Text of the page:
As China takes an aggressive posture with India in Ladakh and with its neighbours in the South China Sea amidst a raging diplomatic war with the United States, Beijing’s monopoly over a rare lifeline to the modern industry may become a cause of international concern.
CHINA’S RARE MUSCLE
The Asian giant, under Washington’s fire for its handling of the coronavirus outbreak, is the largest producer of rare-earth minerals — a group of 17 elements vital to consumer goods, aviation, clean-tech, healthcare, defence and a host of other sectors.
Prized for their magnetic and electrochemical properties these metals are common in the earth’s crust. But China, according to industry data, controls 90 percent of their global output because of its lower labour costs and less stringent environmental regulations.
The metals are used in cellphones, laptops, smart TV, smart speakers, surgical equipments, pacemakers, aircraft engines, telescope lenses, lasers, radar, sonar, night-vision systems, missile guidance, armoured vehicles and so forth across industrial sectors.
CHINA’S RARE-EARTH CURBS
Just last year, Beijing threatened the United States that it would block exports of rare-earth minerals after trade tensions rose between the two economies.
“If anyone wants to use the products made from rare earths exported by China to contain and suppress the development of China, I think… the people of China will not be happy,” China’s National Development and Reform Commission said in a 2019 statement.
In 2010, China restricted rare-earth exports to Japan over an island dispute.
AHEAD ON STRATEGIC, TECH CURVE
Strategic analysts, even in the United States, realise the impact Chinese curbs on the metal exports can have not only on consumer, healthcare and aviation industry but also on national defence.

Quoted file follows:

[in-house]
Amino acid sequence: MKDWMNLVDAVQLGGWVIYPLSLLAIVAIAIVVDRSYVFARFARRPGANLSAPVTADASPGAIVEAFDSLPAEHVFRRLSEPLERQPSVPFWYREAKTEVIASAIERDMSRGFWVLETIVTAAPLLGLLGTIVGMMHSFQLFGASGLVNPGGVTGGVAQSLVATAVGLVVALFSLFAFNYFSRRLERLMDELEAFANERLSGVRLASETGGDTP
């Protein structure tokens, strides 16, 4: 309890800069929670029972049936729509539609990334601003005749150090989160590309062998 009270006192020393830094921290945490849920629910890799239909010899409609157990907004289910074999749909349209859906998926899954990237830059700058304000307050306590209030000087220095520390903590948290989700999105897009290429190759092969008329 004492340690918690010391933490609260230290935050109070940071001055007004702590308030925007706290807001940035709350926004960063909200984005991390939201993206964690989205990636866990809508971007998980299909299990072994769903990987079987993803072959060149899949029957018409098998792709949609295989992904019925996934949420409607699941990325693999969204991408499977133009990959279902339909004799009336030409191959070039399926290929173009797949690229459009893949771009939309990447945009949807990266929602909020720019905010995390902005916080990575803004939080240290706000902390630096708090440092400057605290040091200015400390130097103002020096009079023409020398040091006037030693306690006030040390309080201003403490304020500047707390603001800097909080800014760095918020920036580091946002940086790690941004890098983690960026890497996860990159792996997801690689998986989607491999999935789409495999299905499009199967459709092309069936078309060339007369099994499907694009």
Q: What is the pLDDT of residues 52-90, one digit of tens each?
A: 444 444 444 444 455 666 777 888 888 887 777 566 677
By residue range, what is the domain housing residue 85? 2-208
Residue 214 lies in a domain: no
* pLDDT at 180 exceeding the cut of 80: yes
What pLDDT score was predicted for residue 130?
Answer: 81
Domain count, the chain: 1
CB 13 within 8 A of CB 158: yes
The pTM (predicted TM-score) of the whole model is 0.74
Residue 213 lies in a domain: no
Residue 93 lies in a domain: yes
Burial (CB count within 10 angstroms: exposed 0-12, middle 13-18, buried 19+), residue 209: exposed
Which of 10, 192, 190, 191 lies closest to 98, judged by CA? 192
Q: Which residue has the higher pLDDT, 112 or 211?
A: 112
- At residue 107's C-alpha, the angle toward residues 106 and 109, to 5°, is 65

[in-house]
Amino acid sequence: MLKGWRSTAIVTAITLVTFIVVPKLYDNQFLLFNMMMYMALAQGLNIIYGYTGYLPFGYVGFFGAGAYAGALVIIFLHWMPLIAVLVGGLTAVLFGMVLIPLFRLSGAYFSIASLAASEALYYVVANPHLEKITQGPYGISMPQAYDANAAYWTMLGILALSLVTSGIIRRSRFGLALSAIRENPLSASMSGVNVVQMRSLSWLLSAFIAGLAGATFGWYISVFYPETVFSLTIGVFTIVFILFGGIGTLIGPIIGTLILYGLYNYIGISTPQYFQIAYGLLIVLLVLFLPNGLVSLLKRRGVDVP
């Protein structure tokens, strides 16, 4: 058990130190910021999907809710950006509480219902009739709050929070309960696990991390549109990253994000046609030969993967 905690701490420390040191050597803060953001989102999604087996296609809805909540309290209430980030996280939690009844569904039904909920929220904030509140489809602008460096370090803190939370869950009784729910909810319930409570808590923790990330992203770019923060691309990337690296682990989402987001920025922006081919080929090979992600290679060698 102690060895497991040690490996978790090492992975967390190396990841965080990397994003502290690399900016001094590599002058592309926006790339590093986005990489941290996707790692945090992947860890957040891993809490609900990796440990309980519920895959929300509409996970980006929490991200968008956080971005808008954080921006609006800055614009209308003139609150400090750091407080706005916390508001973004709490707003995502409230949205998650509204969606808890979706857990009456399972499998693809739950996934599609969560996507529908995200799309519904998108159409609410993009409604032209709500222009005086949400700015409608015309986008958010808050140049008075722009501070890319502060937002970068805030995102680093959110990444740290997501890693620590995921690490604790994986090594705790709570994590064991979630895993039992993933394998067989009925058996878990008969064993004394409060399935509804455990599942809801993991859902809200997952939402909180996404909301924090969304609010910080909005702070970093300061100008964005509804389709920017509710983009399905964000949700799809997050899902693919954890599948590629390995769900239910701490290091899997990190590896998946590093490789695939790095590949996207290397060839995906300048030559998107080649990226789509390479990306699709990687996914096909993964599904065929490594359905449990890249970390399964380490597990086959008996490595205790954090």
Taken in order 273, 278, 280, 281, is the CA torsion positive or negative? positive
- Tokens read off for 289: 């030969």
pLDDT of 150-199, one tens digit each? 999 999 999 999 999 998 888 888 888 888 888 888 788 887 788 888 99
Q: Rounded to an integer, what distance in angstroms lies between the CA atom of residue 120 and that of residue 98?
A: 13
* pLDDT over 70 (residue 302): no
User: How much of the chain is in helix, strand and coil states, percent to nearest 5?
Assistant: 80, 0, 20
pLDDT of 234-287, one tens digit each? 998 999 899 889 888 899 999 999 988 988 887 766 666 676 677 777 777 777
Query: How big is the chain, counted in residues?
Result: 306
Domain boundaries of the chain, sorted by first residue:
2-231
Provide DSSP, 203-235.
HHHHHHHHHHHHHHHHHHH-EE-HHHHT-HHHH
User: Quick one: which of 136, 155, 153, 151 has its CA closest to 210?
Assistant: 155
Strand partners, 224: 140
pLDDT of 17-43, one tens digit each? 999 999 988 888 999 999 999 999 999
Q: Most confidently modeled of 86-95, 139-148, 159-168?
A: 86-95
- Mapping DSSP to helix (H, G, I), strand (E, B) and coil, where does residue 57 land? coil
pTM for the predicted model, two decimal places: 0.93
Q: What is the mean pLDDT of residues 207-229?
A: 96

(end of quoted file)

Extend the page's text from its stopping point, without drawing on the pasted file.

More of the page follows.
“A lot of us would just shrug this off because a lot of us get our technology from China anyways. But if they reduce their output of stockpiles (of rare earths) to us, we cannot develop our technology. Our defence system suffers,” cautioned Sean Dudley, a US forensics engineer back in 2016.
According to Prof. Dudley Kingsnorth, seen as a world authority on rare-earths market, China has been way ahead on the curve in producing the metals.
“China,” he noted in a 2014 talk, “takes a very long term view of these.”
The Chinese, Prof. Kingsnorth said, started on their rare-earth journey back in 1970. They went further downstream, adding value and creating jobs, he added.
The Chinese foresaw rare-earth becoming the basis of the high-tech manufacturing industry.
INDIA VS CHINA ON RARE EARTHS
“In 2019, China produced 132,000 metric tons of rare earths whereas India produced as low as 3,000 metric tons,” said Dr Devendra Pant, a chief economist at India Ratings and Research.
India, experts say, faces a momentous challenge in order to achieve self-dependence in this crucial sector.
“China has wealth, which is helping it in finding and buying sources of these rare materials,” said Dr. Pant. “India needs to grow at 9-10 percent for the next decade to be able to garner that kind of wealth.”
For now, India is working with Japan on a rare-earth joint venture in Visakhapatnam. The government is also rolling out a new national mineral policy.
Experts say there’s a still long way to go.
“The need of the hour is to grow our economy, which in turn can help India in giving China competition and also in breaking the supply chain dominated by China, currently,” Dr Pant said.